Young Saudi preserving Arab culture through a camera lens

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Bateel Yamani at the launch of her first book of photographs. (AN photo)
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Artistic photographs by Bateel Yamani are placed on display during the launch of her first book of photographs. (AN photo)
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Artistic photographs by Bateel Yamani are placed on display during the launch of her first book of photographs. (AN photo)
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Updated 17 March 2018

Young Saudi preserving Arab culture through a camera lens

JEDDAH: Bateel Yamani, an 18-year-old photographer, launched her first book of photographs at an event at The Social Space in Jeddah this week.
Yamani, whose pictures impressed the guests at the launch, explained that the passion for photography runs in the family. Her grandfather and mother are both keen amateur photographers who would visit their city’s historic old quarter Al-Balad on a mission to capture its atmosphere.
“My mother bought me my first camera when I was seven years old. My parents believed in me, I started participating in competitions. I was in first or second grade when I participated in my first competition — and I won first place.”
Born and raised in Jeddah, Yamani’s childhood success encouraged her to pursue photography. Now she has self-published her book of photographs. The project is the culmination of nine-months’ work during her senior year at Dar Al-Fikr School in the city. She hopes to find a publisher after first self-publishing her work.
Talking to Arab News, she said: “This project is driven by pure passion and my responsibility of conserving my own culture as an Arab. I feel like we have a duty to preserve this culture, nourish it and teach the world about it.”
Yamani took the photos when she visited Morocco and stopped at the port cities of El Jadida and Casablanca as well as Marrakesh and Fez. She has plans for a further exhibition after she has visited other Arab countries, promising that “this is only the beginning.”
Nawaf Al-Nassar, a member of the Saudi Art Council, who was at the launch event, was impressed by Yamani’s work. “As an architect, I see a type of rhythm in the arches of the buildings in the photographs,” he said.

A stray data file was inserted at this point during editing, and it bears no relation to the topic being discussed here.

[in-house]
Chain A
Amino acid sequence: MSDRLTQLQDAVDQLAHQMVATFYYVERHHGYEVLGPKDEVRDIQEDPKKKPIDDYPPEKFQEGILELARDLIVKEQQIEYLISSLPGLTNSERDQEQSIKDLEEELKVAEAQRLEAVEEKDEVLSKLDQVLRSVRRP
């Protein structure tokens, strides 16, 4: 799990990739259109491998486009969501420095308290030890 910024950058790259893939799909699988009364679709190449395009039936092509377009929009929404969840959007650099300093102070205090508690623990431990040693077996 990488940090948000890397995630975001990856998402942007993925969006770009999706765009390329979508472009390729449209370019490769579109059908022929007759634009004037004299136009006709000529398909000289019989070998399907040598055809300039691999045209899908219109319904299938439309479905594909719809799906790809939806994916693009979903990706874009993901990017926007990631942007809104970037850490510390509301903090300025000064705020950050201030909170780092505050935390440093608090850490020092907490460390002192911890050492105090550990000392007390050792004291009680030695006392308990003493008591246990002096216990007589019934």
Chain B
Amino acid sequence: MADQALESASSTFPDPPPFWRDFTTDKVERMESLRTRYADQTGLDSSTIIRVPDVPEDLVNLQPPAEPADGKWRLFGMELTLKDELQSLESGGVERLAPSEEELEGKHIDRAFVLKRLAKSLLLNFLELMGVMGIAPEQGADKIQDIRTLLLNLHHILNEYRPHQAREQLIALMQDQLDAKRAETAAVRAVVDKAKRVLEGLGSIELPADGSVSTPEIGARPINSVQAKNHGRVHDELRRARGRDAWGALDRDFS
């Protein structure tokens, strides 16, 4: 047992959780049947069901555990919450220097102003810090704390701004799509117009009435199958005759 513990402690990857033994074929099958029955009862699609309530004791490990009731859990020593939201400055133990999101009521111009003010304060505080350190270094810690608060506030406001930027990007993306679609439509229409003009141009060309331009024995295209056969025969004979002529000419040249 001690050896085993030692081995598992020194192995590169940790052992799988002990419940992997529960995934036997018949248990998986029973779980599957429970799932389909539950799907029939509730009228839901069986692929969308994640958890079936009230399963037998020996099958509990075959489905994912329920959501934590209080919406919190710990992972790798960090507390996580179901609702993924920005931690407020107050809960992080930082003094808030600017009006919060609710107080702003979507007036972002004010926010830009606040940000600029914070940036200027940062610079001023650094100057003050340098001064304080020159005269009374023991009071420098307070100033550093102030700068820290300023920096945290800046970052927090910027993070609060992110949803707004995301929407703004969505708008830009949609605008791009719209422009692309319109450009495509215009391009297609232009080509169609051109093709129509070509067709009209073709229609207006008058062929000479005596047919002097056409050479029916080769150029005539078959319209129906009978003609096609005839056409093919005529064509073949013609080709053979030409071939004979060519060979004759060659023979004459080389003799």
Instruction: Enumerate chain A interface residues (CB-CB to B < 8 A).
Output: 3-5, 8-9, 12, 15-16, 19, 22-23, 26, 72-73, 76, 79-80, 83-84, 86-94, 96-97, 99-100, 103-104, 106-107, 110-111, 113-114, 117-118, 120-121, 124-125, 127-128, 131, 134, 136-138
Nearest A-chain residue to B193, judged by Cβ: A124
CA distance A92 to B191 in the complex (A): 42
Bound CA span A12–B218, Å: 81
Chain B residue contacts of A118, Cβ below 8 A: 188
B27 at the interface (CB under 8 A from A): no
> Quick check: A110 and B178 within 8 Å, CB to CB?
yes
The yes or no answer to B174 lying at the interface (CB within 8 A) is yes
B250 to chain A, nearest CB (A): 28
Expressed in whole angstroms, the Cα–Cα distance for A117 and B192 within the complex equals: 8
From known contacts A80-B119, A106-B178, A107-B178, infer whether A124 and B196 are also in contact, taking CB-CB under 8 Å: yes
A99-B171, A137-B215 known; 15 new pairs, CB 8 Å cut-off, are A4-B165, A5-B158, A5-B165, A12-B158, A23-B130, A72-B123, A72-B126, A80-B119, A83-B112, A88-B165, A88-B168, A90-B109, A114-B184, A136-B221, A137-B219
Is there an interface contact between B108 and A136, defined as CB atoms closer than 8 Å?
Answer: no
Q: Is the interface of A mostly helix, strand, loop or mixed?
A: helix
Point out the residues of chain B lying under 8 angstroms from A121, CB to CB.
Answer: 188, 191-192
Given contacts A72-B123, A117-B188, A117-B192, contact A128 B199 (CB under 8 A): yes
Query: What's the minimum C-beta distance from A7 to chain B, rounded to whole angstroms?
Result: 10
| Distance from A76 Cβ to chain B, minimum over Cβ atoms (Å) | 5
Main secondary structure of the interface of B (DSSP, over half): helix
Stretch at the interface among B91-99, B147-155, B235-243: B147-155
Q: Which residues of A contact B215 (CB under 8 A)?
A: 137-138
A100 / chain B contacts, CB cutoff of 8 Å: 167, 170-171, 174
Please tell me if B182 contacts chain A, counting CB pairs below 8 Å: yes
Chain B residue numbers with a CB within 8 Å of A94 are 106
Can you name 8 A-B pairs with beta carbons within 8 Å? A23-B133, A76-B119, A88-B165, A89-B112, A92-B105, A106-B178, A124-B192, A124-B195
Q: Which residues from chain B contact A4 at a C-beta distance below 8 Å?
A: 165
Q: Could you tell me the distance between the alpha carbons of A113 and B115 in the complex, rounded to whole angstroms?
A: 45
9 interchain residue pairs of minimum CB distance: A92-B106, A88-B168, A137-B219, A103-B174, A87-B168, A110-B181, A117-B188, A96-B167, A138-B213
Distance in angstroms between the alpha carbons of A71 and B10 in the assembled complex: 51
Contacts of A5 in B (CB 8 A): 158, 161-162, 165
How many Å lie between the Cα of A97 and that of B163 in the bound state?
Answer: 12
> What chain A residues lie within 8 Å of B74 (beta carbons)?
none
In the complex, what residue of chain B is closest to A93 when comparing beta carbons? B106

Among those who attended the launch was her school graduation project adviser, Ghadir Fanari, who said: “When Bateel wants to do something, she will pour her heart into it. She knows exactly what she wants to do, sets her goals and does everything possible to achieve them.”


Iraq denies links to drone attack on Saudi oil facilities

Updated 23 min 19 sec ago

Iraq denies links to drone attack on Saudi oil facilities

  • The operation was claimed by Iran-backed Houthi rebels in Yemen
  • ‘Iraq is constitutionally committed to preventing any use of its soil to attack its neighbors’

BAGHDAD: Baghdad on Sunday denied any link to drone attacks on Saudi oil plants, after media speculation that the strikes were launched from Iraq despite being claimed by Yemeni rebels.
The attacks early Saturday targeted two key oil installations, causing massive fires and taking out half of the kingdom’s vast oil output.
The operation was claimed by Iran-backed Houthi rebels in Yemen, where a Saudi-led coalition is bogged down in a five-year war.
But the Wall Street Journal has reported that officials were investigating the possibility the attacks involved missiles launched from Iraq or Iran.
Prime Minister Adel Abdel Mahdi on Sunday denied reports Iraqi territory “was used for drone attacks on Saudi oil facilities.”
“Iraq is constitutionally committed to preventing any use of its soil to attack its neighbors,” he said in a statement.
“The Iraqi government will be extremely firm with whomever tries to violate the constitution.”
Iraq is home to several Iran-backed militias and paramilitary factions, placing it in an awkward situation amid rising tensions between its two main sponsors, Tehran and Washington.
United States Secretary of State Mike Pompeo squarely accused Tehran of being behind Saturday’s operation, saying there was no evidence the “unprecedented attack on the world’s energy supply” was launched from Yemen.
Iraq has called for its territory to be spared any spillover in the standoff between the US and Iran, which has included a series of attacks on shipping in sensitive Gulf waters.
Recent raids on bases belonging to Iraqi Shiite paramilitary groups linked with Iran, attributed to Israel, sparked fears of an escalation.
There have been no military consequences so far, but the strikes have heightened divisions between pro-Tehran and pro-Washington factions in Iraq’s political class.
Baghdad has recently moved to repair ties with Saudi Arabia, a key US ally — much to Iran’s chagrin.
Riyadh recently announced a major border post on the Iraqi frontier would reopen mid-October, after being closed for almost three decades.